If you bought a Thinkpad X1 Carbon notebook within the last two years, your device may be subject to a recall notice. Lenovo is being surprisingly forthcoming on the details of the recall. The company said it has received three reports of its notebook failing due to a loose screw that was left unfastened during assembly. (Insert "Lenovo has a screw loose" joke here.) If the screw contacts the terminals of the battery, it can short the battery and cause it to overheat, potentially leading to fire or explosion. Lenovo said that there have been no incidents of property damage (except to the three aforementioned notebooks) or injury so far.
The machines being recalled were manufactured between December 2016 and October 2017. The Thinkpad X1 Carbon 5th Gen hasn’t been replaced with a 2018 model yet, so if you have an X1 Carbon, even one bought very recently, it’s worth checking your serial number. Find the barcode sticker on the bottom of your laptop and look for the “TYPE” and the last set of digits on the sticker, which denote the manufacture date. The machine is being recalled if it corresponds to the following:
|Built between||YY/MM16/12 – 17/10|
You can enter your machine’s serial number at Lenovo’s provided website to confirm if it’s affected.
Lenovo will fix your affected laptop free of charge. The company is handling the fix through scheduled appointments at its service centers and said that repairs should be completable on the spot. You can find your nearest Lenovo service center in the links provided in the recall notice. If you’re in North America, that link is here.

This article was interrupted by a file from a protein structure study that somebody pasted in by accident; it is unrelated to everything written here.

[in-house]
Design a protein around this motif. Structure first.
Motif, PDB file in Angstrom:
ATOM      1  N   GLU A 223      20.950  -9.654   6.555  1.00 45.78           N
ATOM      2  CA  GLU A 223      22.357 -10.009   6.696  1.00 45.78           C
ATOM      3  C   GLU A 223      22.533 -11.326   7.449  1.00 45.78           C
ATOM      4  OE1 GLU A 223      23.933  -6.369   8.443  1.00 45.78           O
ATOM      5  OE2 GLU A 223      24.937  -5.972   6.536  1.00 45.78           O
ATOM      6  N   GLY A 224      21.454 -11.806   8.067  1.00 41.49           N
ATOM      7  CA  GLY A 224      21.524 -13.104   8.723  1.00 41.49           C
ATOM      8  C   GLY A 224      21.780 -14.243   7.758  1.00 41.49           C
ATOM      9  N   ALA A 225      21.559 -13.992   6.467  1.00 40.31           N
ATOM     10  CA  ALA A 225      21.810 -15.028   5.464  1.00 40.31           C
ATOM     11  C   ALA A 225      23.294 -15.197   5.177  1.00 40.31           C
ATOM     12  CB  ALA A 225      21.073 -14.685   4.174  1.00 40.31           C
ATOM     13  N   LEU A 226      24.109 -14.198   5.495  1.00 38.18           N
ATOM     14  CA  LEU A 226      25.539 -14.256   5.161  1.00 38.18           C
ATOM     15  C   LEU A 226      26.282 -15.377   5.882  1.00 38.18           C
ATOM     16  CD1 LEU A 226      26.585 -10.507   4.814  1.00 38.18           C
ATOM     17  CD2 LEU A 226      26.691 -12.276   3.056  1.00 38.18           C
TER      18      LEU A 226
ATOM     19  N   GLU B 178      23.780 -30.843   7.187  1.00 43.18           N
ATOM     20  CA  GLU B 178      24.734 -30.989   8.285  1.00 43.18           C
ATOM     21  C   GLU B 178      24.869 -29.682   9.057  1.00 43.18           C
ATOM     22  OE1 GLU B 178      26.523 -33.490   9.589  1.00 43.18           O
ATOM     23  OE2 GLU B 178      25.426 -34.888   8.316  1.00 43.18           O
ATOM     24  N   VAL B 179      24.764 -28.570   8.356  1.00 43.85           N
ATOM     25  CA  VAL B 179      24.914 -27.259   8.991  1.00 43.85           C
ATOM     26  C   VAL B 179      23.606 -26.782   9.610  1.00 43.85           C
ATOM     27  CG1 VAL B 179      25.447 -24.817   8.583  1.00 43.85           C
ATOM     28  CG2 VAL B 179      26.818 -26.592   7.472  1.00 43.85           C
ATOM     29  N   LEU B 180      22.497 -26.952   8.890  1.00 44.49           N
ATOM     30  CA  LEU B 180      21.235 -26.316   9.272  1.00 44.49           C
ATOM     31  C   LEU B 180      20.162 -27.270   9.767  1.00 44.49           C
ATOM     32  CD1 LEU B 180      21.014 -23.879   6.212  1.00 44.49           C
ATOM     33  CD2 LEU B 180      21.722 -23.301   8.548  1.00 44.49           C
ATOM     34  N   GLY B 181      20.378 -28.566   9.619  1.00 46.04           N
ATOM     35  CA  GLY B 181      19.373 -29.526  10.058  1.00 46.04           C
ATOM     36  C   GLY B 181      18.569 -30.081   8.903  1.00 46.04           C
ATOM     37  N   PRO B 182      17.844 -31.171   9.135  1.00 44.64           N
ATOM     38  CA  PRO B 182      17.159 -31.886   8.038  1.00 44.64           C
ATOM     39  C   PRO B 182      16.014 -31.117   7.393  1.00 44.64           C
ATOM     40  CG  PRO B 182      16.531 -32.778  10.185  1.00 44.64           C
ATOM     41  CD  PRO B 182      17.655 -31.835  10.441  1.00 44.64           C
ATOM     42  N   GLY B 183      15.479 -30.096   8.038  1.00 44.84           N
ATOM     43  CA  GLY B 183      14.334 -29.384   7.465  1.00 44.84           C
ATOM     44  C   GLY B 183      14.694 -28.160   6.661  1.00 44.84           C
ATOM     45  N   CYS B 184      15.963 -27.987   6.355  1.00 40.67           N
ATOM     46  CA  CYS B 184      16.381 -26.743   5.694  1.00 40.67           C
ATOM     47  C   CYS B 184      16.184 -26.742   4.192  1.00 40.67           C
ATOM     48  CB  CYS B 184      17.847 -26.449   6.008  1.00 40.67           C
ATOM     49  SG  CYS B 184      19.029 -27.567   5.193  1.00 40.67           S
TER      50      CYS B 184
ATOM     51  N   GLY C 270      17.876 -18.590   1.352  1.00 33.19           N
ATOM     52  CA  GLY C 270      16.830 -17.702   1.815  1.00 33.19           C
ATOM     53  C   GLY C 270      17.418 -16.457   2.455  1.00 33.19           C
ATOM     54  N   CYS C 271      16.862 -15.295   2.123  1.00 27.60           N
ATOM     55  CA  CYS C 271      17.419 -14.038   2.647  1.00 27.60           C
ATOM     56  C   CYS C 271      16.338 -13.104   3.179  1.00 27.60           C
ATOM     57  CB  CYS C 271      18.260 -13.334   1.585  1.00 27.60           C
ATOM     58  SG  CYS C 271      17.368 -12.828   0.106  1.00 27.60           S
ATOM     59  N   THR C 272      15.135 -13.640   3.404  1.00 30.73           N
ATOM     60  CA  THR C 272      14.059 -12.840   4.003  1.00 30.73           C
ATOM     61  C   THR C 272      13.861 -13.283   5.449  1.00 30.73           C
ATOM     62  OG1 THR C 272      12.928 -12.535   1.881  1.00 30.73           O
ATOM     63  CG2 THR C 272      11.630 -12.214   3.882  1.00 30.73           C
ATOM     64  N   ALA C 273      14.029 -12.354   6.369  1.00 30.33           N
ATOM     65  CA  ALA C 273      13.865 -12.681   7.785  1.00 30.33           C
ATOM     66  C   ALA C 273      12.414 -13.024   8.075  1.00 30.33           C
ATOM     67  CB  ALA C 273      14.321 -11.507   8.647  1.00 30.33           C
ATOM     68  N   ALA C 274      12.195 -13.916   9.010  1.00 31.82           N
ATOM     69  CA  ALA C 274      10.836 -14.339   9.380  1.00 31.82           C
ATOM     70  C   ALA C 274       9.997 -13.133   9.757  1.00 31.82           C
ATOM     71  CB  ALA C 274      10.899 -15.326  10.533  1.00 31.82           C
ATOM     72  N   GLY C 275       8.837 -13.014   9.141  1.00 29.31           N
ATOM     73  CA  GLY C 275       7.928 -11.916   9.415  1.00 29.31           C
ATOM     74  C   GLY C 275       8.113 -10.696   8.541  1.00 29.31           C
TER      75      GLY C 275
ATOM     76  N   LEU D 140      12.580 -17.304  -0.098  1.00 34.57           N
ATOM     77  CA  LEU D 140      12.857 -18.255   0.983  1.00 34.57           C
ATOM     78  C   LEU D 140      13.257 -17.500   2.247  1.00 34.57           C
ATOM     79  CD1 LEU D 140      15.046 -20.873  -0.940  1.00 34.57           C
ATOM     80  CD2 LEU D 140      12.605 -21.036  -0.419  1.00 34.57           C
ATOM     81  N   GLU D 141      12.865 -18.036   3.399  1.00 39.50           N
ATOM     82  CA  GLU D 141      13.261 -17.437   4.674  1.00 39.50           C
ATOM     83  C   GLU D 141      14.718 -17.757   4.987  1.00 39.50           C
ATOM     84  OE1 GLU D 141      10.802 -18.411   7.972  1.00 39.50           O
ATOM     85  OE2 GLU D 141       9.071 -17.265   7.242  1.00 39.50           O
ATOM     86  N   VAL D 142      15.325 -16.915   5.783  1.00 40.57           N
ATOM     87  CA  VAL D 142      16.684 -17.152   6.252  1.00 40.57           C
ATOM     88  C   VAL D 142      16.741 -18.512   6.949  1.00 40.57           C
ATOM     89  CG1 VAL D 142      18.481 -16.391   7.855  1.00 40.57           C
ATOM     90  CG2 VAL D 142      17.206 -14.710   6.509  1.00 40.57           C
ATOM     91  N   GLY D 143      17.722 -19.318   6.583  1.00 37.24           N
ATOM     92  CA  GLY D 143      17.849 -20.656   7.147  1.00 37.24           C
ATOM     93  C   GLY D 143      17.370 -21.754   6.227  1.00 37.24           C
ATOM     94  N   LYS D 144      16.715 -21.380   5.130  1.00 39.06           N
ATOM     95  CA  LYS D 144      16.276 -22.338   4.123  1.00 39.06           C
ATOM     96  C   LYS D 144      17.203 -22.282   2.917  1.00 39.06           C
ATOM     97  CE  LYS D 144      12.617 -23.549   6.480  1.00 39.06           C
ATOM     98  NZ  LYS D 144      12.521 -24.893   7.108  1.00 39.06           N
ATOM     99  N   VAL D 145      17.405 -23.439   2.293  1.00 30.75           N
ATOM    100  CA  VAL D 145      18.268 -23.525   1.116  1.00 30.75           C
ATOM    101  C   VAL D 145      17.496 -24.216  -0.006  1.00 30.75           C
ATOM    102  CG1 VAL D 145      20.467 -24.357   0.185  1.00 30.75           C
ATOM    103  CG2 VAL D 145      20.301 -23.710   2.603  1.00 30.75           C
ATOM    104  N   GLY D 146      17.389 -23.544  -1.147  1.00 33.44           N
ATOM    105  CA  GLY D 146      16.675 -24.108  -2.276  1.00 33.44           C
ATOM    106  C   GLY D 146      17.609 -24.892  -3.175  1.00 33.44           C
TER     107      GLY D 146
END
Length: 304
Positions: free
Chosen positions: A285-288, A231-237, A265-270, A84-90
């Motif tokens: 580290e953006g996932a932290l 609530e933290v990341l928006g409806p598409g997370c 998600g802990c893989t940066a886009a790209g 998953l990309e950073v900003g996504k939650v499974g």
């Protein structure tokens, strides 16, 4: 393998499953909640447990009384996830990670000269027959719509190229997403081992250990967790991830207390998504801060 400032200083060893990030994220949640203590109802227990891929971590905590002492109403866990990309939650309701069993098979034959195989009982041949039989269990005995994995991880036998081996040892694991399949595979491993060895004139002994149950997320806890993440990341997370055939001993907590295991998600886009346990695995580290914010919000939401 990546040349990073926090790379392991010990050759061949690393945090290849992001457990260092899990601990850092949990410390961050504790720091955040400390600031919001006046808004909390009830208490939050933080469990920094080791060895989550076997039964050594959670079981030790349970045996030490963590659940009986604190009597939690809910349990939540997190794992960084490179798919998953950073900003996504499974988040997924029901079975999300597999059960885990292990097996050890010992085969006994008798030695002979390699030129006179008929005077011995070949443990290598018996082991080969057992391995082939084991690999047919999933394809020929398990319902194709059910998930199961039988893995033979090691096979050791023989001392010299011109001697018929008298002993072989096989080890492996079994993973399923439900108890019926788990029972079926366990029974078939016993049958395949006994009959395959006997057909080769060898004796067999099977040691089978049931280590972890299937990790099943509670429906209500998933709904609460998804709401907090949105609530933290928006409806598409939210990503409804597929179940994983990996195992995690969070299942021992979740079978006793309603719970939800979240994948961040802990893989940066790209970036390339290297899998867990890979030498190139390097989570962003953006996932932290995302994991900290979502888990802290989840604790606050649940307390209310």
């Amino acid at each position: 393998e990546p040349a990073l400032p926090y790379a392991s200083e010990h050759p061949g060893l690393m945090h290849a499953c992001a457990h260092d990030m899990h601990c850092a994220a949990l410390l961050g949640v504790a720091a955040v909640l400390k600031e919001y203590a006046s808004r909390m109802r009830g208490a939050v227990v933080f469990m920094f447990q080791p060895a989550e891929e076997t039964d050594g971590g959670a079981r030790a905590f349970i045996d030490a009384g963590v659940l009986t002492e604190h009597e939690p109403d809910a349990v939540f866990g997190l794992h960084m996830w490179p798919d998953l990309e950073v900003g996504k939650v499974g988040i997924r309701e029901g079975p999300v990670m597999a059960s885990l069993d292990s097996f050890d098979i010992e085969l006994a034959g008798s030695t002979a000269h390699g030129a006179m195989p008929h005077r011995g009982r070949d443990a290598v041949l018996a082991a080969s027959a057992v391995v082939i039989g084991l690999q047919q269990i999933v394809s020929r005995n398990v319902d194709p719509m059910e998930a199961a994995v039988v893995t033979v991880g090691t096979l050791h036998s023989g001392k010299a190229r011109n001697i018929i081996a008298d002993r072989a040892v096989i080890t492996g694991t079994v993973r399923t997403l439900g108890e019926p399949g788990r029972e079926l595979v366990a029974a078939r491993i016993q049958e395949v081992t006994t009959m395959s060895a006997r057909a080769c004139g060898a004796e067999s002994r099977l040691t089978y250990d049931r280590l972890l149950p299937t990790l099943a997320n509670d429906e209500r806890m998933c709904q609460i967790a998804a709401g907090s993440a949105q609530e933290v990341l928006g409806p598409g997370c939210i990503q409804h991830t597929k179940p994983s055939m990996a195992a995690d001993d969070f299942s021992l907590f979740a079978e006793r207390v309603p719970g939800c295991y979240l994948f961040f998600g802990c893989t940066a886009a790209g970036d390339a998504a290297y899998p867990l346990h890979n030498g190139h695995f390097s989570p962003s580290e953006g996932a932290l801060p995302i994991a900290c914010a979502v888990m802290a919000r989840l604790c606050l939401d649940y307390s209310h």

Although this recall isn’t actually a result of faulty batteries or a poorly designed device--it’s a factory assembly issue--recalls due to lithium-ion batteries aren’t uncommon. There have been several highly publicized incidents in the past, such as the Samsung Galaxy Note 7 and “hoverboards” recalls. These led to the devices being banned from air travel.
The high-energy density of Li-ion batteries is the root of their potential danger, and the demand for smaller and slimmer devices means that tolerances, within and without the battery, are sacrificed. The result is batteries that are easier to puncture, short, or overheat.